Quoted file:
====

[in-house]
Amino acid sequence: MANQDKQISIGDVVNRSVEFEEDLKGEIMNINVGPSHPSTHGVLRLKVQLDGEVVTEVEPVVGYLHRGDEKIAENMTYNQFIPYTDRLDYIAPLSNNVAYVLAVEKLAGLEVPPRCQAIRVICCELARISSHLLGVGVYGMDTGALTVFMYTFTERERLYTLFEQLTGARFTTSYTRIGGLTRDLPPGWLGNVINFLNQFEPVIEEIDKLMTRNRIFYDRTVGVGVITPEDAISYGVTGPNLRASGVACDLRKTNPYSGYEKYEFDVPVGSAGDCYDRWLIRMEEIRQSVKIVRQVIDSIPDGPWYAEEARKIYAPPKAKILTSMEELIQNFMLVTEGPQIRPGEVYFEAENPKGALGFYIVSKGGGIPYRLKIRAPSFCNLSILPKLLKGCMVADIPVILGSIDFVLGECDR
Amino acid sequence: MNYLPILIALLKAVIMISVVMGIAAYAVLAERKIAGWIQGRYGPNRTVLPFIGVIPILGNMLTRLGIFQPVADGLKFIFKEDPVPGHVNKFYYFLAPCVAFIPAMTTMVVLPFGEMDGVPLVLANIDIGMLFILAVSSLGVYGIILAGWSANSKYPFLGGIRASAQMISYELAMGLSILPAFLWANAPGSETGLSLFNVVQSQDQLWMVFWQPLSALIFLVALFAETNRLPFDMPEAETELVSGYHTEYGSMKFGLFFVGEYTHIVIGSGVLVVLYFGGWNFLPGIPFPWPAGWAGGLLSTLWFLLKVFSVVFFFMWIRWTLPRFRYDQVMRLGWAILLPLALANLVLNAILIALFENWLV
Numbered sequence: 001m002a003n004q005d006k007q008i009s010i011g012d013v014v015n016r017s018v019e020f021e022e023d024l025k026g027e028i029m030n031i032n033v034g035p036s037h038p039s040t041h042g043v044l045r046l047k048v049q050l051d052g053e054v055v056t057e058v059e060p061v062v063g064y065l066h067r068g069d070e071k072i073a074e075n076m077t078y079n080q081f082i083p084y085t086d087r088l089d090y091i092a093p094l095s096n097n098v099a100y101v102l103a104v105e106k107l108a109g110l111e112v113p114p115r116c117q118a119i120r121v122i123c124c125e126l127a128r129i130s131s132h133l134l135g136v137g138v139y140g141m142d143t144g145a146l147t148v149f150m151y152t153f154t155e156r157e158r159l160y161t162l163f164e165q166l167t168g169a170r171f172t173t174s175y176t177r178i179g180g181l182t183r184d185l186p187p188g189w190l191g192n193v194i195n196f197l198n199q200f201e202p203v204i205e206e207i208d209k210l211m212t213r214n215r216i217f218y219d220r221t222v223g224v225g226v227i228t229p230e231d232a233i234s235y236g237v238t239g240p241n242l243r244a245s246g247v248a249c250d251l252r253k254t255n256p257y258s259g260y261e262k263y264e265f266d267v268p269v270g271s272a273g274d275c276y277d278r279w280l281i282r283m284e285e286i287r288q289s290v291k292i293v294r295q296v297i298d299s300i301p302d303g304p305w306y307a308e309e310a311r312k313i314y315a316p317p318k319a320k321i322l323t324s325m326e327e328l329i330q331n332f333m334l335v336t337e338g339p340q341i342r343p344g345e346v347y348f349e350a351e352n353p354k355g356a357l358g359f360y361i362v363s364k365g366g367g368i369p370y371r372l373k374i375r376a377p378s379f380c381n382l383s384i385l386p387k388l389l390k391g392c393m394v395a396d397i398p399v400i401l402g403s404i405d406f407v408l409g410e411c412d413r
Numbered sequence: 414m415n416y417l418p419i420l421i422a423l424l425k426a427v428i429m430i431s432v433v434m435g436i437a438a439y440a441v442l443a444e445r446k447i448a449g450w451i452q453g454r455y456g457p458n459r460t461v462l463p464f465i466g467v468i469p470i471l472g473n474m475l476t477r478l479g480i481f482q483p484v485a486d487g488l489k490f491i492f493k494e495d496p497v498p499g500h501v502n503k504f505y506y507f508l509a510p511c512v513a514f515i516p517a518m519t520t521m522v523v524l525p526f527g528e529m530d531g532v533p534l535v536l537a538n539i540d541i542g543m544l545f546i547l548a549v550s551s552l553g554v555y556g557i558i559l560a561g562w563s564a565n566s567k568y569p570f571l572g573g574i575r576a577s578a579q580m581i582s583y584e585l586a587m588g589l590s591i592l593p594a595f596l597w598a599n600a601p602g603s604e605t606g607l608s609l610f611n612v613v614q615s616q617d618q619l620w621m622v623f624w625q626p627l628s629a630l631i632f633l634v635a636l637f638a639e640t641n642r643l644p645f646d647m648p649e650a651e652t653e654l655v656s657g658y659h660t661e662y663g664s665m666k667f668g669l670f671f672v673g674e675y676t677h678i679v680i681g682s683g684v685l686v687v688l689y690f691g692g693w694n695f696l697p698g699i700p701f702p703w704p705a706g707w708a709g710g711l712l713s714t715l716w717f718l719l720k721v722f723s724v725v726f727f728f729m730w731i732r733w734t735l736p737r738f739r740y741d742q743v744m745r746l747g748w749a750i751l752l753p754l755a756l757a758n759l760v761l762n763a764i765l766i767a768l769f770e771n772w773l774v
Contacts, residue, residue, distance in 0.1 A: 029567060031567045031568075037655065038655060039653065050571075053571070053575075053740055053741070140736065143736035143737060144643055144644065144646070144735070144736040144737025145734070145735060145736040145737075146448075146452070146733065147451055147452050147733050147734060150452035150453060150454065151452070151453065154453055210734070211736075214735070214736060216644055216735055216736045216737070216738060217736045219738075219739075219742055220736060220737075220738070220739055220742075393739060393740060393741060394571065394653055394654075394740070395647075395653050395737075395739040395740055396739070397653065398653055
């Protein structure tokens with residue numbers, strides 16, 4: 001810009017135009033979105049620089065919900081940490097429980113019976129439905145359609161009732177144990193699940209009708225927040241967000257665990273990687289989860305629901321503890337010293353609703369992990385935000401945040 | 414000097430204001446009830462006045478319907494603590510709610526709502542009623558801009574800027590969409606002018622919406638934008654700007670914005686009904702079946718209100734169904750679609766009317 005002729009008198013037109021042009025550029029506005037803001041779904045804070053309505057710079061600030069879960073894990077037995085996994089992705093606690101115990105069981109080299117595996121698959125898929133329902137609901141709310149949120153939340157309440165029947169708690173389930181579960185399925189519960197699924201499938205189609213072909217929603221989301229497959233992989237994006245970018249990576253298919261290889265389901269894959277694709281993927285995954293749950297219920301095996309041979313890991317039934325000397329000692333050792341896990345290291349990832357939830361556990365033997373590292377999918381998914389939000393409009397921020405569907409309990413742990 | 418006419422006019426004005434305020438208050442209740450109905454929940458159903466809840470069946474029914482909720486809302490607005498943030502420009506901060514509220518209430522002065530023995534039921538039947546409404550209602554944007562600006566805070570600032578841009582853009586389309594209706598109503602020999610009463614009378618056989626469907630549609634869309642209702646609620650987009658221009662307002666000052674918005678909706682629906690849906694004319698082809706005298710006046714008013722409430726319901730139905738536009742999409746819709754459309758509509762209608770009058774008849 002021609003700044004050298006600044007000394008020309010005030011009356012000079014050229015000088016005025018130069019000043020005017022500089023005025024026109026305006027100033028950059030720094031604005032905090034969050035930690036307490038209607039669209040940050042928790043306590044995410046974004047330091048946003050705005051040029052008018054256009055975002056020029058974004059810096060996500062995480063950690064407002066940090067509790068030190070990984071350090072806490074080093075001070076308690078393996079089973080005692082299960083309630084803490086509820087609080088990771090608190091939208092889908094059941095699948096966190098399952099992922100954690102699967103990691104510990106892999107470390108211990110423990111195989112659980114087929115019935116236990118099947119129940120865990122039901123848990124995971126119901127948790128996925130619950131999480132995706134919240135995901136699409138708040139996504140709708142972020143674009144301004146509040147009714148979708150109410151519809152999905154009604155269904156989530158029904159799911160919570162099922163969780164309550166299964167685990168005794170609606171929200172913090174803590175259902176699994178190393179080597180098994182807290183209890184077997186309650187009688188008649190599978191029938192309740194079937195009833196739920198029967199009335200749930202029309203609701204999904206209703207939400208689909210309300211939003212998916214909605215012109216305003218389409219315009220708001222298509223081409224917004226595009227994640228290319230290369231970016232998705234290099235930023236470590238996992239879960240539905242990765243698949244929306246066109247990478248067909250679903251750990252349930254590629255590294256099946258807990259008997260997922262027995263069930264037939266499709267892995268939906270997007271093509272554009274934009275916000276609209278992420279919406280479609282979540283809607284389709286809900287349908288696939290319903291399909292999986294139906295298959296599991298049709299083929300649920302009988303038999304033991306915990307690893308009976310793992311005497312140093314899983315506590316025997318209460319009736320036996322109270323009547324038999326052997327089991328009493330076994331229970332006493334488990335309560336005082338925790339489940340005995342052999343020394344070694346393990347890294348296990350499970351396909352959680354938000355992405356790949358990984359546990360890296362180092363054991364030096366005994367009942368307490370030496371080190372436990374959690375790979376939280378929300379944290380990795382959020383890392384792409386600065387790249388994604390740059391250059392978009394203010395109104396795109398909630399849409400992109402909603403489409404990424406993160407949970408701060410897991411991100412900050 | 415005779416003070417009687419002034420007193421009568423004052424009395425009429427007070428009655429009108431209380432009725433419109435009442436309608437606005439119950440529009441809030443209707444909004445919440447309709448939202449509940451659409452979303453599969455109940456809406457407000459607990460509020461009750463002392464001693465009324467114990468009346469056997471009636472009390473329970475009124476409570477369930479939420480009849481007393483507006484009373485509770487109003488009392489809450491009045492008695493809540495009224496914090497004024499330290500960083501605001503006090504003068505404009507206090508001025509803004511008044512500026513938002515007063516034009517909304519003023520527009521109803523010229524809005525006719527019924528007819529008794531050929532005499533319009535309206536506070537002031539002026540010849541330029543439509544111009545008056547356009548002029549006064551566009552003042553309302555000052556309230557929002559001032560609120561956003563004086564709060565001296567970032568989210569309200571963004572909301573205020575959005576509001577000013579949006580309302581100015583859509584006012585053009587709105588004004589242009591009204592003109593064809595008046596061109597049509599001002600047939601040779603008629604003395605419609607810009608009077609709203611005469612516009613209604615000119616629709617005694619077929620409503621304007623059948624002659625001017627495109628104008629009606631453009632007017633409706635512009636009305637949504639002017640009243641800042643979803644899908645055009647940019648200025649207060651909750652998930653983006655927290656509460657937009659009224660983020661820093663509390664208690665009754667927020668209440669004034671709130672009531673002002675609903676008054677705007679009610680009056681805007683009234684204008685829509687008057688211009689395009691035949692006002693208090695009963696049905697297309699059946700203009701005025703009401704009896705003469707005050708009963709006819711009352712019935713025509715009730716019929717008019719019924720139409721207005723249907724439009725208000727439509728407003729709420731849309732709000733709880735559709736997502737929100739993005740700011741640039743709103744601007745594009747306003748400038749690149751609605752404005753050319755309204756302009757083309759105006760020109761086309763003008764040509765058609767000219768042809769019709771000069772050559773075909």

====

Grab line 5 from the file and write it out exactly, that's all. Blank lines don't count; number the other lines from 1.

Numbered sequence: 414m415n416y417l418p419i420l421i422a423l424l425k426a427v428i429m430i431s432v433v434m435g436i437a438a439y440a441v442l443a444e445r446k447i448a449g450w451i452q453g454r455y456g457p458n459r460t461v462l463p464f465i466g467v468i469p470i471l472g473n474m475l476t477r478l479g480i481f482q483p484v485a486d487g488l489k490f491i492f493k494e495d496p497v498p499g500h501v502n503k504f505y506y507f508l509a510p511c512v513a514f515i516p517a518m519t520t521m522v523v524l525p526f527g528e529m530d531g532v533p534l535v536l537a538n539i540d541i542g543m544l545f546i547l548a549v550s551s552l553g554v555y556g557i558i559l560a561g562w563s564a565n566s567k568y569p570f571l572g573g574i575r576a577s578a579q580m581i582s583y584e585l586a587m588g589l590s591i592l593p594a595f596l597w598a599n600a601p602g603s604e605t606g607l608s609l610f611n612v613v614q615s616q617d618q619l620w621m622v623f624w625q626p627l628s629a630l631i632f633l634v635a636l637f638a639e640t641n642r643l644p645f646d647m648p649e650a651e652t653e654l655v656s657g658y659h660t661e662y663g664s665m666k667f668g669l670f671f672v673g674e675y676t677h678i679v680i681g682s683g684v685l686v687v688l689y690f691g692g693w694n695f696l697p698g699i700p701f702p703w704p705a706g707w708a709g710g711l712l713s714t715l716w717f718l719l720k721v722f723s724v725v726f727f728f729m730w731i732r733w734t735l736p737r738f739r740y741d742q743v744m745r746l747g748w749a750i751l752l753p754l755a756l757a758n759l760v761l762n763a764i765l766i767a768l769f770e771n772w773l774v